Wie upstages Seo's victory
By Bill Kwon
Say it isn't so, Michelle.
Say, isn't that Seo?
Both Michelle Wie and Hee Kyung Seo (pronounced Soh) played prominent roles in the Kia Classic, the LPGA's first full-field event of the year.
Seo, the 2009 Korean LPGA player of the year, won by six strokes but was upstaged as the Golf Channel centered its post-tournament attention on Wie, showing her in the trailer watching replays of her costly mistake instead of the victory ceremonies at the 18th green.
By now, we all know about Wie's latest rules violation. She grounded her club while in the hazard after barely hitting her third shot out of the water at the par-5 11th hole in Sunday's final round. Violating Rule 13.4 led to a two-stroke penalty for a double-bogey 7, depriving Wie of a tie for second and an additional $90,000.
This time, it wasn't that Wie, who has had three prior mental gaffes in her young professional career, didn't know the rules. She was well aware that she had grounded her club with the ball still in the hazard.
In the rules of golf, one is permitted to touch the ground in a hazard with a hand or a club (and a sand trap is also a hazard), to prevent yourself from falling. Wie pleaded her case on that grounds, saying she had closed her eyes because of the splashing water and thought she could have lost her balance. Officials thought otherwise and Wie didn't get to enjoy a happy meal.
It was a judgment call that could have gone either way, according to Greg Nichols, Ko Olina's director of golf, who watched the whole deal or ordeal, as it turned out.
"In her defense, when she hit that shot, the water splashed up and it caused her to close her eyes. Anybody that has ever had a bare foot in a slimy water hazard has that experience of not being balanced, even though it looked like she was balanced," said Nichols. "The automatic reaction is to put the club down. Obviously, she didn't gain any advantage. The officials could have easily, easily, called it the other way. In the spirit of the game, that's what I would have called."
What I found ironically amusing in also watching the entire proceedings was Wie signing her scorecard in the trailer after looking at the replays and not at the scorer's tent. She had to sign her card after determining that her score at the hole in question was 7 not 5 after a great up and down to save what she thought was par. Remember when she was DQ'd in the 2008 State Farm Classic for leaving the scoring tent without signing her card? She went back to do it but it was too late and got DQ'd for violating Rule 6.6b. At least, this time, she wasn't disqualified.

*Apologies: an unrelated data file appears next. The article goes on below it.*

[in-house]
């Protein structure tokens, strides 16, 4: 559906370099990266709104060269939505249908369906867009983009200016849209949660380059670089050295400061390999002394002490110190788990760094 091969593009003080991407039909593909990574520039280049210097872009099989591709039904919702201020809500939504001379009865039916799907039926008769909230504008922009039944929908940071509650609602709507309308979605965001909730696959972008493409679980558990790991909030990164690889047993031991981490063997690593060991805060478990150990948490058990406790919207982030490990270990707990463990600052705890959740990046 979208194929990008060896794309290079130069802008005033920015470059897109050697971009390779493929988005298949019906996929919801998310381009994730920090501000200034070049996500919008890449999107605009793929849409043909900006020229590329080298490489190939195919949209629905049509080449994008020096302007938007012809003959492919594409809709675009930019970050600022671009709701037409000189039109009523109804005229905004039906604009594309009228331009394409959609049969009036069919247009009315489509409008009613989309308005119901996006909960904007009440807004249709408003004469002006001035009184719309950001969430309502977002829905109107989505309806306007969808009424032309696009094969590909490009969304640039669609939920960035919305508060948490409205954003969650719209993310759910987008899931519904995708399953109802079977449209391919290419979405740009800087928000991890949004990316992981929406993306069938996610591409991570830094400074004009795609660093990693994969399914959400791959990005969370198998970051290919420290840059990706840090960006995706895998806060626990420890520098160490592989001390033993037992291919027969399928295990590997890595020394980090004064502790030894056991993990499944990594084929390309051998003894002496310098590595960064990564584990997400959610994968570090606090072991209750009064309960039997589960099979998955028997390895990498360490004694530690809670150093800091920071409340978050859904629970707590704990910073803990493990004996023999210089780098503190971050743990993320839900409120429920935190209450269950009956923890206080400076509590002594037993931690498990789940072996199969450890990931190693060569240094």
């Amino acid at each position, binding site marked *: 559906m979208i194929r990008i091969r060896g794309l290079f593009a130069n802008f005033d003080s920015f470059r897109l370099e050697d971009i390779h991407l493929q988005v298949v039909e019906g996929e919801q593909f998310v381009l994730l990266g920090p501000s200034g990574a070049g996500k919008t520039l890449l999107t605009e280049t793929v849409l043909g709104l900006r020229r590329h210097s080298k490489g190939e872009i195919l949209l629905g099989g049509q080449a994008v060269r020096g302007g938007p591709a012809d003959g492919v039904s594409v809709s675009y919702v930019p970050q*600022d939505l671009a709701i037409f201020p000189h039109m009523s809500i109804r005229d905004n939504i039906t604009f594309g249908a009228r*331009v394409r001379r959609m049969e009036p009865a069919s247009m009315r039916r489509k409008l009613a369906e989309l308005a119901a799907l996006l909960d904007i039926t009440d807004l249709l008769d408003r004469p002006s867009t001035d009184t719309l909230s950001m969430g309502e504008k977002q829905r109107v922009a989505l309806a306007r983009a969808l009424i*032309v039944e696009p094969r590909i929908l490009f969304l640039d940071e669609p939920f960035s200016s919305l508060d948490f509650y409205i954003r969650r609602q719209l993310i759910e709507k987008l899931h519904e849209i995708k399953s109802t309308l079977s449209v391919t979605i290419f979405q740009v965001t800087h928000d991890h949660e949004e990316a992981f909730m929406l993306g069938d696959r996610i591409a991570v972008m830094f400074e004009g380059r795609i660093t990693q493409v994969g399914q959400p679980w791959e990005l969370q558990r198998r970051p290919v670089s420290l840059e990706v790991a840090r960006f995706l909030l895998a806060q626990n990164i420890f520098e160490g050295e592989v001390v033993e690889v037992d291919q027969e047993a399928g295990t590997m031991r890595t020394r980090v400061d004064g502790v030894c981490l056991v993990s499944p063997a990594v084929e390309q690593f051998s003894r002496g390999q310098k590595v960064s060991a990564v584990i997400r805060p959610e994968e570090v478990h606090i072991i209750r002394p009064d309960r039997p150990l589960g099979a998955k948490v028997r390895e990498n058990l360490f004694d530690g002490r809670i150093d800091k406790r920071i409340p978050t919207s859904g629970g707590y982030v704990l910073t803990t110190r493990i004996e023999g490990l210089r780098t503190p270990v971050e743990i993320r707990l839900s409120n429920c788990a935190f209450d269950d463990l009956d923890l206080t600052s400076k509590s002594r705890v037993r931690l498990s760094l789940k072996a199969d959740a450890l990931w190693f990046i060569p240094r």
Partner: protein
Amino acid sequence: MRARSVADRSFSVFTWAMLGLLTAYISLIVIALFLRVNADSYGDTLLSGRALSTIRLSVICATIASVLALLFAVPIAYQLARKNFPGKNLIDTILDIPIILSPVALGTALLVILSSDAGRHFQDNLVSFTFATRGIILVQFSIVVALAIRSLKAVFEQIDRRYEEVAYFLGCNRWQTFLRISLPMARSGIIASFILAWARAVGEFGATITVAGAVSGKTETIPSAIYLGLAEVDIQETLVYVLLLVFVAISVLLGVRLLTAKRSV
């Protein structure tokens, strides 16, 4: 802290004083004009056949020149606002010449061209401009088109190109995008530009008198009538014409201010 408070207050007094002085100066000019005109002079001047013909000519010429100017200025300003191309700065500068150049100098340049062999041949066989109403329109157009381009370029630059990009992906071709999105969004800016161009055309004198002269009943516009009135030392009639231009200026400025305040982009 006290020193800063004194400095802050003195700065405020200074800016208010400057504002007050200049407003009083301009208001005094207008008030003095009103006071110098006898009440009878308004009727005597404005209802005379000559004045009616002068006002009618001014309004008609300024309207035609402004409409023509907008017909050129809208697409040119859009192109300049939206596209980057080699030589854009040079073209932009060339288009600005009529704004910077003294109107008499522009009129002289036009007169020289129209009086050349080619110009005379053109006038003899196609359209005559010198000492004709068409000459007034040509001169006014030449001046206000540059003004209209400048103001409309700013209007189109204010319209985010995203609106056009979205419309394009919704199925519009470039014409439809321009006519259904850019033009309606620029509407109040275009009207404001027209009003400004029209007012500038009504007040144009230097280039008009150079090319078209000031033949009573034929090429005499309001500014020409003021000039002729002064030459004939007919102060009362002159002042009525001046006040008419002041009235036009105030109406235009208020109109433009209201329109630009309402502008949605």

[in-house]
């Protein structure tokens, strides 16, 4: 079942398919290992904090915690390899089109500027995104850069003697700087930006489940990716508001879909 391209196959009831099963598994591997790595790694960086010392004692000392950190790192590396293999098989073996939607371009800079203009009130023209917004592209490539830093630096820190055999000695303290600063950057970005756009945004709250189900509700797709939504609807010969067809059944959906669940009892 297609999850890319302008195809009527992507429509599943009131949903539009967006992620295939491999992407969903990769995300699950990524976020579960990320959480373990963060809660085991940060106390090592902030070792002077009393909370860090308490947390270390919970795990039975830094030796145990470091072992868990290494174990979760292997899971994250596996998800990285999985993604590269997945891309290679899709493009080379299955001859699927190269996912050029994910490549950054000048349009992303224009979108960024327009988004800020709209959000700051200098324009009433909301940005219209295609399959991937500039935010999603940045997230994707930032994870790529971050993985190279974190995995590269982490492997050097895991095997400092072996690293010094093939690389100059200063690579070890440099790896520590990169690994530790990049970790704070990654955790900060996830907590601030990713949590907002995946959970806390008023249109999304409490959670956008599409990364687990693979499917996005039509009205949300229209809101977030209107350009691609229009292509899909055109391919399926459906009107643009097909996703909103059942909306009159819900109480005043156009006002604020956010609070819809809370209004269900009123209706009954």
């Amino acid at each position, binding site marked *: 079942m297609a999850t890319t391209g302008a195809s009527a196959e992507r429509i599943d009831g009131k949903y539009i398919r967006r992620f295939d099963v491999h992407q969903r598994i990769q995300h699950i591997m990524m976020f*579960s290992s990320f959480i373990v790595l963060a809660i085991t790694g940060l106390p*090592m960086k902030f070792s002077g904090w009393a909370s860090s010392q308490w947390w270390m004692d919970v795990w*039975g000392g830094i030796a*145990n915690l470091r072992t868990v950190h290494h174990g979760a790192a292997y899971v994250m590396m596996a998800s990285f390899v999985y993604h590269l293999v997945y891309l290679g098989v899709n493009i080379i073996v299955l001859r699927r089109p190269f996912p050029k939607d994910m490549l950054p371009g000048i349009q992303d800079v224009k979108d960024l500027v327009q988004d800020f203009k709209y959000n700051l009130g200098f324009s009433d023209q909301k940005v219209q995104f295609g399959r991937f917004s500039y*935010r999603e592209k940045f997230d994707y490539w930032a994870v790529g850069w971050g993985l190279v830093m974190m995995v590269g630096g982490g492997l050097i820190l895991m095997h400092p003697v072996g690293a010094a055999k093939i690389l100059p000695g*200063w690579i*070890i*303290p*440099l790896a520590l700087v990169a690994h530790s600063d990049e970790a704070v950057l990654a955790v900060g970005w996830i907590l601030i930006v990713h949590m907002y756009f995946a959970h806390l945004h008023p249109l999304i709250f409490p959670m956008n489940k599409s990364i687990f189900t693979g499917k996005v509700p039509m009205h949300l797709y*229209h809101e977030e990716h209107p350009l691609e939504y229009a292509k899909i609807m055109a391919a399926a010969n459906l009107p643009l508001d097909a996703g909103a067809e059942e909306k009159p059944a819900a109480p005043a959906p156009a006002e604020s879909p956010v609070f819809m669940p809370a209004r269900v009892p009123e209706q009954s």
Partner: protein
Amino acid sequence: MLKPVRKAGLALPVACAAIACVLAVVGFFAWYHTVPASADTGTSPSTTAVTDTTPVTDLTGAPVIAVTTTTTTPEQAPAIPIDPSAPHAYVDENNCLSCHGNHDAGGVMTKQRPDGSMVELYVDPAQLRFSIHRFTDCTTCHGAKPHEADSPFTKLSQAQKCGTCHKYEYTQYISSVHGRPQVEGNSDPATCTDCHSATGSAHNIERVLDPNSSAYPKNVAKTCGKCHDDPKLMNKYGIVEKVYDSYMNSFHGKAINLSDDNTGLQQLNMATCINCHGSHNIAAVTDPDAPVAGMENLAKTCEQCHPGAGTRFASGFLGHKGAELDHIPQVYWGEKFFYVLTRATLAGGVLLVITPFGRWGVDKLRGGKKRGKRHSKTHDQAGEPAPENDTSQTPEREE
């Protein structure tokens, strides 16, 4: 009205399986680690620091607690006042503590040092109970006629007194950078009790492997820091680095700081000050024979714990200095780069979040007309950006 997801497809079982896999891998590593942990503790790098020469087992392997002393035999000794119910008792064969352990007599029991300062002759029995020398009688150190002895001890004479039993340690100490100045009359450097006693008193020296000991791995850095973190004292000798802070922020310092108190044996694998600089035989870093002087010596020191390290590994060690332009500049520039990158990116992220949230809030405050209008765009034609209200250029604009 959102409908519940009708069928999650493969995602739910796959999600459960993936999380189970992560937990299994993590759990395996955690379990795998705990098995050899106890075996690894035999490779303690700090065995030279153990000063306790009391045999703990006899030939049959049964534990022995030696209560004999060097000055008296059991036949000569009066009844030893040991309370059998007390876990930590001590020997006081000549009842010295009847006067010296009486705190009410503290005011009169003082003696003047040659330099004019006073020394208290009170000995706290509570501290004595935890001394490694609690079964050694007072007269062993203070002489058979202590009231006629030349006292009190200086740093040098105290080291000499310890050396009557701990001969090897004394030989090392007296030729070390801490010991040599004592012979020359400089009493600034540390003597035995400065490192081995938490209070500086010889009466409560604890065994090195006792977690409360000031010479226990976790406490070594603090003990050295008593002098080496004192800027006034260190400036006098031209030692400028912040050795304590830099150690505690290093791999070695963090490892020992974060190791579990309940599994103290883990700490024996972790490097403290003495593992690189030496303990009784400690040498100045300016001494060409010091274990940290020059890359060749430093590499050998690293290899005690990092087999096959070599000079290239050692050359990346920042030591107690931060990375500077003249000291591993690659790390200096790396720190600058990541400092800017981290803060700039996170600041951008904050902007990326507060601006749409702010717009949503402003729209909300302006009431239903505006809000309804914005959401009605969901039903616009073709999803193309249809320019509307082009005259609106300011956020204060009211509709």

That's the thing about game of golf. There are so many rules that you can keep on making different kinds of mistakes. I tell people I never make the same mistake twice (other than maybe hitting the wrong ball every now and then). Trouble is, I don't have to because there are so many mistakes to be made in life and in golf. "It's the nature of the game that we're even having this conversation," Nichols said.
Wie's latest penalty was costly but it wouldn't have made a difference in the outcome because no one was going to overtake Seo. Wie, though, gave it a try and that's the positive she can take from her latest negative experience. Six strokes back at the start of the day, Wie had some serious catching up to do, such as trying to go for the par-5 11th in two instead of playing it safe.
Who knows? Wie and Seo might be in the spotlight again this week in the Kraft Nabisco Championship, the LPGA's first major of the year, starting today at the Mission Hills Country Club in Rancho Mirage. Calif.
Yes, it's the same Seo who was one of the 27 golfers from South Korea who spent two months at Ko Olina training for the upcoming season.
When we talked to Seo two months ago, she was ranked 40th in the Rolex Rankings. Thanks to her victory in the Kia Classic, she's now No. 17. Back then, Seo was looking forward to playing in the Kraft Nabisco as the KLPGA's leading money winner. She later got a sponsor's exemption from Kia and made the most of it. She had planned on playing the KLPGA Tour full-time for another year, but now has earned the option of accepting LPGA membership for the rest of 2010 or for next year with her victory.
Seo, who won six times on the KLPGA Tour last year, hasn't decided as yet about coming to America. With that many tournaments to defend, she might continue on the Korean tour because of her many commitments.
When here, the 23-year-old Seo said she enjoyed her stay in Hawai'i and wanted to play in the U.S. "as soon as possible."
You can't get any sooner than right now.
Bill Kwon can be reached at firstname.lastname@example.org